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Legal best Practices: Von der tatsächlichen zur guten Übung in der Rechtsanwendung?

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The author proposes a recognition of "legal best practices" in the day-to-day administration of justice in order to strengthen the legal practitioners' sense of appropriateness. Thus, he estimates that the gap between everyday justice and the discussion about how justice should be carried out could be reduced and perhaps even filled in the long run.

The author's approach is twofold: First, he gives two practical examples in order to demonstrate how legal practitioners choose between alternative possible actions and, by doing so, adhere to a position that can be discussed a posteriori by all practitioners. By doing so, he shows that, in most cases, legal practitioners do not choose their position arbitrarily but follow strategic, moral or ethic values. Hence, the appropriateness of the values that lie behind the choice of a possible action may be subject to discussion. Second, on a more theoretical basis, the author makes an effort to defend a broad concept of law, which includes and even requires legal best practices. According to the author, legal best practices are the result of an action-based, commonsense appropriateness that may emerge in the administration of the law. Therefore, they do not only belong to the reality of law but are also part of its theory. Since commonsense appropriateness is not self-evident, a theory of law has to provide the practitioner with valuable criteria for his choice between possible actions.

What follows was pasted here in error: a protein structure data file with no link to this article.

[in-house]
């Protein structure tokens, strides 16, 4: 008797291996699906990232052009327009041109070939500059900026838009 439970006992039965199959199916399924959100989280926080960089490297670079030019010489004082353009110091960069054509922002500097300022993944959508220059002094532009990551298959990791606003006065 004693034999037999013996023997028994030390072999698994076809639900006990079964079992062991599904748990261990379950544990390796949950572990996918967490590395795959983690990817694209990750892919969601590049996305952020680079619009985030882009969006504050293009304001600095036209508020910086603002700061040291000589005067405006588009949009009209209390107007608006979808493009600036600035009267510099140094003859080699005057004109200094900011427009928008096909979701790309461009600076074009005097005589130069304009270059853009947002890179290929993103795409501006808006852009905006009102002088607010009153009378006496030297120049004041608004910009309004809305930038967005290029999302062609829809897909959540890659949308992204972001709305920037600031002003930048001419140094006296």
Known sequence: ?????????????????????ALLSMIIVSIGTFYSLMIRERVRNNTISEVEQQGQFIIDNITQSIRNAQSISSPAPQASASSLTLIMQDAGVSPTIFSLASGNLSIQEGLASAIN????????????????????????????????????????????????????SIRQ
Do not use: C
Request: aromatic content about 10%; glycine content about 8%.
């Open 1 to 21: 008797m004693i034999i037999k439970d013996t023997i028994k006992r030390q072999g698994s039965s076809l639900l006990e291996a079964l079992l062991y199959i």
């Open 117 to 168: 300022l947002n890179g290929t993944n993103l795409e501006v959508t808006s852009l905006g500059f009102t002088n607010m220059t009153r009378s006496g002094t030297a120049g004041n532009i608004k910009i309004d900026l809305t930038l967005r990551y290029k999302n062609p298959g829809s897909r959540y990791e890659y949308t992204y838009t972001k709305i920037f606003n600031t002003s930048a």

The author concludes that legal best practices, if understood as commonly accepted answers to practical legal problems, can establish a professional standard of conduct, once they are made explicit.
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Document Type: Research Article

Publication date: January 1, 2009

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  • Archiv für Rechts- und Sozialphilosophie, edited by authorisation of the International Association for Philosophy of Law and Social Philosophy (IVR), is an international, peer-reviewed journal, first published in 1907. It features original articles on philosophical research on legal and social questions, covering all aspects of social and legal life.
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